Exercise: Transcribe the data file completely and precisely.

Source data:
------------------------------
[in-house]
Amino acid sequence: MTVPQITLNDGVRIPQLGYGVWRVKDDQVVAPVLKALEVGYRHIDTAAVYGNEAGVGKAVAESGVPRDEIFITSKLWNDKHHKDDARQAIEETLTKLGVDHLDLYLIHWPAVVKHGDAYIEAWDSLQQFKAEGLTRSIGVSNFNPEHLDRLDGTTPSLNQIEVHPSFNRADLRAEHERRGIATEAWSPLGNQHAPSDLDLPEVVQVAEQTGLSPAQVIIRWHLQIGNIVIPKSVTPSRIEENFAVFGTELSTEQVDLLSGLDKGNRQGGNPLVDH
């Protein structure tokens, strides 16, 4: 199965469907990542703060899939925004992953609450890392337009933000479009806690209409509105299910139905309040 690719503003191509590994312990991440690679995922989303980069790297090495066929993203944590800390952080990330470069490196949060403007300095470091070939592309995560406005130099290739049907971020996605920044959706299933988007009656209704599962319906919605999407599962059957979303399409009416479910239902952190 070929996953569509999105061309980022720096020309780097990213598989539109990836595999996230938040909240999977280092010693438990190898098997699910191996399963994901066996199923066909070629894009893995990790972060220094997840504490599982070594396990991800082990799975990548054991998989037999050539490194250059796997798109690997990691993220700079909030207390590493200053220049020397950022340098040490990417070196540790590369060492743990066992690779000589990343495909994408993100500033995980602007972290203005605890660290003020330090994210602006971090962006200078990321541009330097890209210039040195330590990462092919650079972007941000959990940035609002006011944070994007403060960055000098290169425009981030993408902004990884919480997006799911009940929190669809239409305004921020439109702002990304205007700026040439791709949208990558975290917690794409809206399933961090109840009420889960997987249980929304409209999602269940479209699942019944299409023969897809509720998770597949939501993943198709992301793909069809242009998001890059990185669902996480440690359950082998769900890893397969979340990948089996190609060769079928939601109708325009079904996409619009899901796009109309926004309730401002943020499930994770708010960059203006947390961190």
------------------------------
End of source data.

[in-house]
Amino acid sequence: MTVPQITLNDGVRIPQLGYGVWRVKDDQVVAPVLKALEVGYRHIDTAAVYGNEAGVGKAVAESGVPRDEIFITSKLWNDKHHKDDARQAIEETLTKLGVDHLDLYLIHWPAVVKHGDAYIEAWDSLQQFKAEGLTRSIGVSNFNPEHLDRLDGTTPSLNQIEVHPSFNRADLRAEHERRGIATEAWSPLGNQHAPSDLDLPEVVQVAEQTGLSPAQVIIRWHLQIGNIVIPKSVTPSRIEENFAVFGTELSTEQVDLLSGLDKGNRQGGNPLVDH
């Protein structure tokens, strides 16, 4: 199965469907990542703060899939925004992953609450890392337009933000479009806690209409509105299910139905309040 690719503003191509590994312990991440690679995922989303980069790297090495066929993203944590800390952080990330470069490196949060403007300095470091070939592309995560406005130099290739049907971020996605920044959706299933988007009656209704599962319906919605999407599962059957979303399409009416479910239902952190 070929996953569509999105061309980022720096020309780097990213598989539109990836595999996230938040909240999977280092010693438990190898098997699910191996399963994901066996199923066909070629894009893995990790972060220094997840504490599982070594396990991800082990799975990548054991998989037999050539490194250059796997798109690997990691993220700079909030207390590493200053220049020397950022340098040490990417070196540790590369060492743990066992690779000589990343495909994408993100500033995980602007972290203005605890660290003020330090994210602006971090962006200078990321541009330097890209210039040195330590990462092919650079972007941000959990940035609002006011944070994007403060960055000098290169425009981030993408902004990884919480997006799911009940929190669809239409305004921020439109702002990304205007700026040439791709949208990558975290917690794409809206399933961090109840009420889960997987249980929304409209999602269940479209699942019944299409023969897809509720998770597949939501993943198709992301793909069809242009998001890059990185669902996480440690359950082998769900890893397969979340990948089996190609060769079928939601109708325009079904996409619009899901796009109309926004309730401002943020499930994770708010960059203006947390961190």